They're the ultimate football boot for any no-nonsense player. Following adidas' recent drop of black-out editions to the adiPure 11 Pro and adizero miCoach line-up, football's black-out phenomenon continues to sweep the game.
They're the coolest boots in football and some of the hardest to come by. There is a certain mystique about all black football boots, which originates from prototypes. In recent years, black-outs have become real fan favourites and continue to be in high demand.
As a new season approaches expect to see a flurry of non-contracted pro's defy the colour trend, bringing a range of black-out boots to the pitch. Whether they're the work of a black-marker or an official brand release like Sammi Ameobi's f50's, black-out boot-spots are always some of the most noticeable.
Along with the classy style they bring to the pitch, the great thing about blacked-out football boots is the call out they bring to the boot's performance features, focusing you on the quality of the boot. Most brands have thrown their hat into the black-out ring, but rarely do we get a true all black boot.
As you look down the list of past black-out releases, adidas have continued to be the leading brand. Time and time again, adidas have delivered exceptional blacked-out football boots, with few better than the adiPower Predator.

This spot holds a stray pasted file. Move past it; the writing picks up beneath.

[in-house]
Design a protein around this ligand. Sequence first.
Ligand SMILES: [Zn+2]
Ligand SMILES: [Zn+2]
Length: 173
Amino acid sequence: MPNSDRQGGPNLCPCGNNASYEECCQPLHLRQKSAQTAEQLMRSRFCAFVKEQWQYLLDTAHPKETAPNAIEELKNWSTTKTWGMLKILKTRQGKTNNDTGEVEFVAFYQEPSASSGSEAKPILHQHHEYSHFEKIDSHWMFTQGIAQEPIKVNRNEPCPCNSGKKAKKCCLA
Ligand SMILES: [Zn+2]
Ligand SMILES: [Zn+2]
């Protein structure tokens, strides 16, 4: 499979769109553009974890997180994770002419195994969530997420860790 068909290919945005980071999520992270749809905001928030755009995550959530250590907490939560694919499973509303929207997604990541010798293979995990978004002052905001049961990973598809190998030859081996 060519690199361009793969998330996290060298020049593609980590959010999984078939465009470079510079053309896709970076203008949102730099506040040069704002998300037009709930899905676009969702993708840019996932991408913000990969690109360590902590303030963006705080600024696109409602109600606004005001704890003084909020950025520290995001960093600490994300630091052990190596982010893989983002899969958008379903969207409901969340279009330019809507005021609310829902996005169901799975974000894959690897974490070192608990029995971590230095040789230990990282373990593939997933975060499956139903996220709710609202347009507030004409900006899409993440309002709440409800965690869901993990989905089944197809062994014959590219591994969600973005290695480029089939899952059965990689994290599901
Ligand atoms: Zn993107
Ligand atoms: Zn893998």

In 2011 Puma released limited numbers of the hugely popular v1.11 black-out. They made their way onto the feet of a handful of professionals before being replaced by the standard in-line colourways. It was a popular move by Puma to help launch the v1.11 and one that we'd love to see brought to the Puma evoSPEED.
Mizuno may be more traditionally inclined when it comes to their boot design. But with the launch of the Morelia Neo, the Japanese brand followed the colour trend set by speed boots, releasing both green and purple editions. We're yet to see a full black-out from Mizuno, but the Black/Red Morelia Neo boots were popularly received.
When you're talking about traditional black football boots, no brand does it better than Pantofola d'Oro. Although they've expanded their boot catalogue with new colourways, the Italian company began their re-emergence with all black leather uppers, making them a huge hit with players after an old-school answer to a modern boot.
Nike continue to make us wait for another true black-out football boot. Despite constant cries for a black-out Mercurial, Nike are yet to match adidas on the black-out front. In 2009 the brand released their first “black-pack”, consisting of the Mercurial Vapor V, Superfly I, T90 Laser II and Tiempo Legend III.
For the start of the 2012/13 season, Nike have once again taken a darker approach to each of their four silos, including what some consider to be the best looking Mercurial in recent seasons. Nike's black colourways tend to go in cycles, so expect Nike to follow this collection with something considerably brighter!
What's your opinion on black-out football boots? Should we see more brands follow in adidas' footsteps and release all-black boots to the public? Join the conversation online, on Twitter and on Facebook.